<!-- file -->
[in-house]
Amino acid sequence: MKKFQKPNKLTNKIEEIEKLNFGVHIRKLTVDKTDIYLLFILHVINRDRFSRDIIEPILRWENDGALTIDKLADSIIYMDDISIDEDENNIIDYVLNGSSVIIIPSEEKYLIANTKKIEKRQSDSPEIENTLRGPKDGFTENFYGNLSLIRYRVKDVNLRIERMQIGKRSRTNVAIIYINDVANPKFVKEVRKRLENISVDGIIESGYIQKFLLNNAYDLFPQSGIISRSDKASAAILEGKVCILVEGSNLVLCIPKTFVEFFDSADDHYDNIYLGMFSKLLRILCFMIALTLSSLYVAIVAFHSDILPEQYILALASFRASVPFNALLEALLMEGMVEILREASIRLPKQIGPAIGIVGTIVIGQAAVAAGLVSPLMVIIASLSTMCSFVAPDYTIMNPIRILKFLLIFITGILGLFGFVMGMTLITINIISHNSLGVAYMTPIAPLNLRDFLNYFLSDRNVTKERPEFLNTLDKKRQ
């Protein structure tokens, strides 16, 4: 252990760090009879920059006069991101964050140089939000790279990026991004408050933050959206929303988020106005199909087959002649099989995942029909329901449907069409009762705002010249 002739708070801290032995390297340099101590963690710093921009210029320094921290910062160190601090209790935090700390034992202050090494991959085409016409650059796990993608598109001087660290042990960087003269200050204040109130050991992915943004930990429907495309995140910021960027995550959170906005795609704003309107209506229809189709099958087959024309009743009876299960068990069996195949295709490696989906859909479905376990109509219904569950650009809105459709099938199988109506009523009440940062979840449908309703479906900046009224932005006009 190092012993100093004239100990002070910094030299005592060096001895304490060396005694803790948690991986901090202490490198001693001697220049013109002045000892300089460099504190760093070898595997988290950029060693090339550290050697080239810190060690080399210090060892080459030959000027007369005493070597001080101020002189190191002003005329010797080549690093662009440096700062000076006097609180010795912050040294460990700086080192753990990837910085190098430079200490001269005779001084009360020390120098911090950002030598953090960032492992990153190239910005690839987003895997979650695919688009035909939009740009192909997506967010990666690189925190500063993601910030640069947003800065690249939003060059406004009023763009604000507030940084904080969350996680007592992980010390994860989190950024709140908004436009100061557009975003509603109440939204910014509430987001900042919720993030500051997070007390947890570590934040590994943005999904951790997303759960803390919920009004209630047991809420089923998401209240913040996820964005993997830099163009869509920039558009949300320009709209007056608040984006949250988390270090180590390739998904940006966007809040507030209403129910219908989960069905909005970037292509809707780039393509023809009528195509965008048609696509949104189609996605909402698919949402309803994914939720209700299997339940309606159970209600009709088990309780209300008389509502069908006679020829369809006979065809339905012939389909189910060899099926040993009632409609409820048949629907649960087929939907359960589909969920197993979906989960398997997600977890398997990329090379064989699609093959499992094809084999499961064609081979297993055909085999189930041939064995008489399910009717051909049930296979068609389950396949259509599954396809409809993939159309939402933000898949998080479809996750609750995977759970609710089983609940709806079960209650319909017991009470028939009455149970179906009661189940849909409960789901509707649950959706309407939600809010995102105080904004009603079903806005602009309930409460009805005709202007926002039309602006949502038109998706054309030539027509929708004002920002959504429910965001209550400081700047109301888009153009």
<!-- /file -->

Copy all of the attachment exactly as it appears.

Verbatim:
[in-house]
Amino acid sequence: MKKFQKPNKLTNKIEEIEKLNFGVHIRKLTVDKTDIYLLFILHVINRDRFSRDIIEPILRWENDGALTIDKLADSIIYMDDISIDEDENNIIDYVLNGSSVIIIPSEEKYLIANTKKIEKRQSDSPEIENTLRGPKDGFTENFYGNLSLIRYRVKDVNLRIERMQIGKRSRTNVAIIYINDVANPKFVKEVRKRLENISVDGIIESGYIQKFLLNNAYDLFPQSGIISRSDKASAAILEGKVCILVEGSNLVLCIPKTFVEFFDSADDHYDNIYLGMFSKLLRILCFMIALTLSSLYVAIVAFHSDILPEQYILALASFRASVPFNALLEALLMEGMVEILREASIRLPKQIGPAIGIVGTIVIGQAAVAAGLVSPLMVIIASLSTMCSFVAPDYTIMNPIRILKFLLIFITGILGLFGFVMGMTLITINIISHNSLGVAYMTPIAPLNLRDFLNYFLSDRNVTKERPEFLNTLDKKRQ
């Protein structure tokens, strides 16, 4: 252990760090009879920059006069991101964050140089939000790279990026991004408050933050959206929303988020106005199909087959002649099989995942029909329901449907069409009762705002010249 002739708070801290032995390297340099101590963690710093921009210029320094921290910062160190601090209790935090700390034992202050090494991959085409016409650059796990993608598109001087660290042990960087003269200050204040109130050991992915943004930990429907495309995140910021960027995550959170906005795609704003309107209506229809189709099958087959024309009743009876299960068990069996195949295709490696989906859909479905376990109509219904569950650009809105459709099938199988109506009523009440940062979840449908309703479906900046009224932005006009 190092012993100093004239100990002070910094030299005592060096001895304490060396005694803790948690991986901090202490490198001693001697220049013109002045000892300089460099504190760093070898595997988290950029060693090339550290050697080239810190060690080399210090060892080459030959000027007369005493070597001080101020002189190191002003005329010797080549690093662009440096700062000076006097609180010795912050040294460990700086080192753990990837910085190098430079200490001269005779001084009360020390120098911090950002030598953090960032492992990153190239910005690839987003895997979650695919688009035909939009740009192909997506967010990666690189925190500063993601910030640069947003800065690249939003060059406004009023763009604000507030940084904080969350996680007592992980010390994860989190950024709140908004436009100061557009975003509603109440939204910014509430987001900042919720993030500051997070007390947890570590934040590994943005999904951790997303759960803390919920009004209630047991809420089923998401209240913040996820964005993997830099163009869509920039558009949300320009709209007056608040984006949250988390270090180590390739998904940006966007809040507030209403129910219908989960069905909005970037292509809707780039393509023809009528195509965008048609696509949104189609996605909402698919949402309803994914939720209700299997339940309606159970209600009709088990309780209300008389509502069908006679020829369809006979065809339905012939389909189910060899099926040993009632409609409820048949629907649960087929939907359960589909969920197993979906989960398997997600977890398997990329090379064989699609093959499992094809084999499961064609081979297993055909085999189930041939064995008489399910009717051909049930296979068609389950396949259509599954396809409809993939159309939402933000898949998080479809996750609750995977759970609710089983609940709806079960209650319909017991009470028939009455149970179906009661189940849909409960789901509707649950959706309407939600809010995102105080904004009603079903806005602009309930409460009805005709202007926002039309602006949502038109998706054309030539027509929708004002920002959504429910965001209550400081700047109301888009153009």